The International Space Station has been one of mankind’s most prominent tools to gaze outward into the universe, gathering information about what it means to survive out of Earth’s atmosphere. Over the past year, UrtheCast, a technology company, has used that tool, and their own high-definition cameras, to capture high-definition video of our own planet, and today is releasing the first of that footage.
Anyone will be able to watch live footage from these cameras in about six weeks, when UrtheCast opens up its web platform to the public, according to a company spokesman. They hope the footage will be used for monitoring the environment, humanitarian relief and social events.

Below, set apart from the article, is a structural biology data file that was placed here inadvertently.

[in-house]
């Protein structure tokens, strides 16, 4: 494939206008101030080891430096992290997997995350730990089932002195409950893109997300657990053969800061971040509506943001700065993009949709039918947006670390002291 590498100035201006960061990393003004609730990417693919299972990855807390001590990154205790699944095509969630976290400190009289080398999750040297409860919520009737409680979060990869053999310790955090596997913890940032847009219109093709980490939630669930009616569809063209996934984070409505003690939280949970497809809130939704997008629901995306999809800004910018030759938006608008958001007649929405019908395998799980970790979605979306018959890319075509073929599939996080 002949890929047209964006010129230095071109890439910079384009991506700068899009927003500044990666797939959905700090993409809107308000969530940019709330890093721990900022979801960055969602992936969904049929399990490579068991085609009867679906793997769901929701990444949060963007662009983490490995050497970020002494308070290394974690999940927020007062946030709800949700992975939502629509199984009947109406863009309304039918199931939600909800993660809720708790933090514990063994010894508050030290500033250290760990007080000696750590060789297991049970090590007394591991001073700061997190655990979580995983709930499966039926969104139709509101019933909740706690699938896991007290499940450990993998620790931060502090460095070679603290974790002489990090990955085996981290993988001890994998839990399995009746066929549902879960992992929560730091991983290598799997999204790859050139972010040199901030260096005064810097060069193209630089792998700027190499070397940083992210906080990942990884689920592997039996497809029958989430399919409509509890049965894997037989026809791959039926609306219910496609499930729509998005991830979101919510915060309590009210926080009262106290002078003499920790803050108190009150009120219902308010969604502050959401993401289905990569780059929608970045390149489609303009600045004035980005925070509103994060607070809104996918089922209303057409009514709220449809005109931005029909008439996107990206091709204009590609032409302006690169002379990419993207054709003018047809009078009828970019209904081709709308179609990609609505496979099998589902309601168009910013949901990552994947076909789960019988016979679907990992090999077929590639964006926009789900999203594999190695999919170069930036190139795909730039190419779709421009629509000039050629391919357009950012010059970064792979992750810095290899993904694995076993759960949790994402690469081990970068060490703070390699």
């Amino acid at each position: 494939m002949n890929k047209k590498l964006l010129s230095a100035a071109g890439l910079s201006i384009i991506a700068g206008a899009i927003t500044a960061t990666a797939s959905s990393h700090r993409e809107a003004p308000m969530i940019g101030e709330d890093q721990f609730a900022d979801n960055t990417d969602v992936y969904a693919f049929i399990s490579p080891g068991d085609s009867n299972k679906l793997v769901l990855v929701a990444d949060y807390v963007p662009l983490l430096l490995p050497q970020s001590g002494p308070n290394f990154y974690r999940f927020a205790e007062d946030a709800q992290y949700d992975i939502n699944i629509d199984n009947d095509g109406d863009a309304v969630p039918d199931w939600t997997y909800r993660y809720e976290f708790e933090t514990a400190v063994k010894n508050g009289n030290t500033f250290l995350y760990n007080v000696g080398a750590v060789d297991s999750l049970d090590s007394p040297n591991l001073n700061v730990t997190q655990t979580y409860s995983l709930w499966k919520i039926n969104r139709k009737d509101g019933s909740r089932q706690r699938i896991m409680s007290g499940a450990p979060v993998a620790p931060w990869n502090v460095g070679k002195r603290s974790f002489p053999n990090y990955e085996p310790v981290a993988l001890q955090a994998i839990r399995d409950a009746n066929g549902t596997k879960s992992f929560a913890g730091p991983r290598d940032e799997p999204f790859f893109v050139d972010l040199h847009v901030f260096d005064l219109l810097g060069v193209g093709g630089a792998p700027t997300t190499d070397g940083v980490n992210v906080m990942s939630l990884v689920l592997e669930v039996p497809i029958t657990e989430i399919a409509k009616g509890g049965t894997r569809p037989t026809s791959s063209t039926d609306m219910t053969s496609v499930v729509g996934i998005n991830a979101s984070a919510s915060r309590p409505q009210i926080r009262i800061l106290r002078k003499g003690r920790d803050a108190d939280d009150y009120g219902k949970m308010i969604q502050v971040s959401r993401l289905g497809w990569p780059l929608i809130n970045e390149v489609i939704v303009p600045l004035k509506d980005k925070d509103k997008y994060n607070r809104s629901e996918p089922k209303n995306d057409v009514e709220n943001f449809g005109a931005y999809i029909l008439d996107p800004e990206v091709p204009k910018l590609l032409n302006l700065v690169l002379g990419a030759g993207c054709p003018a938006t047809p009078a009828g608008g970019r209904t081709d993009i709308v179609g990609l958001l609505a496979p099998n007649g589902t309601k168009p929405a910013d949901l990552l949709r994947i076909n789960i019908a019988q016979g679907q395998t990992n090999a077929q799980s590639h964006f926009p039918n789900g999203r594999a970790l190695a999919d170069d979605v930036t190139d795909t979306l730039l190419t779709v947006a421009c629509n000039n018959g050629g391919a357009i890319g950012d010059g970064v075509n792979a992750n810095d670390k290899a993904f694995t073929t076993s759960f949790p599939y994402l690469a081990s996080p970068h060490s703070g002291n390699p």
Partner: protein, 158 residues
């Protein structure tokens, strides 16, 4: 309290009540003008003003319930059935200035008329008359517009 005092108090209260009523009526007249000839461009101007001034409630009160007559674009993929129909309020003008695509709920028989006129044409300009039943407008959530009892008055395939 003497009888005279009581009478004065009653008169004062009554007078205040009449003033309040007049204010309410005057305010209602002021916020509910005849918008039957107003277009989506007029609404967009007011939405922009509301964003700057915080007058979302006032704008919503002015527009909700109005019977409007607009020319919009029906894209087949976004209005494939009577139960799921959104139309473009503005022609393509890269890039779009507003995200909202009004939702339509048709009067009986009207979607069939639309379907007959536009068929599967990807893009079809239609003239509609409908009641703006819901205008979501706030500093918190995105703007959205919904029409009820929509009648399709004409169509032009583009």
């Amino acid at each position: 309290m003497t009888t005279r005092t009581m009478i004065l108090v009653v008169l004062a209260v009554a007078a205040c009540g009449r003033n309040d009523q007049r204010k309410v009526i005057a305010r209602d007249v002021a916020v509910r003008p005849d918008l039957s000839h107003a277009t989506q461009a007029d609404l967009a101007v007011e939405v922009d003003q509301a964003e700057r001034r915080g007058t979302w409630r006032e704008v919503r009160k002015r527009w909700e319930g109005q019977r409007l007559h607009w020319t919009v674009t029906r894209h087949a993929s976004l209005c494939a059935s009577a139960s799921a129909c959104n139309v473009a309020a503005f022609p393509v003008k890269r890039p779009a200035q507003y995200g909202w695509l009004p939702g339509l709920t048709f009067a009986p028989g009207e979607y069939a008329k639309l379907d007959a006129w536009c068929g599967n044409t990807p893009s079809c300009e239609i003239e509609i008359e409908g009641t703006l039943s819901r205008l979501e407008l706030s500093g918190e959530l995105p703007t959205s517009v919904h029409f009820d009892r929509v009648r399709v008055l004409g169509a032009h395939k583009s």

UrtheCast’s Iris high-definition cameras were mounted on the exterior of the ISS during two separate spacewalks by Russian astronauts in December 2013 and January 2014. The camera can capture 60 seconds of high-definition video at a time, using a push broom method of capturing images. This means the camera’s image sensors are arranged perpendicular to the ISS’ flight path, and as the station moves, it exposes all of the sensors.
The ISS is also outfitted with UrtheCasts’ medium definition cameras, called Theia, with traditional CCD (Charge-Coupled Device) sensors. These are capable of sweeping long swaths of the Earth, and can capture about 29 million sq. km per day.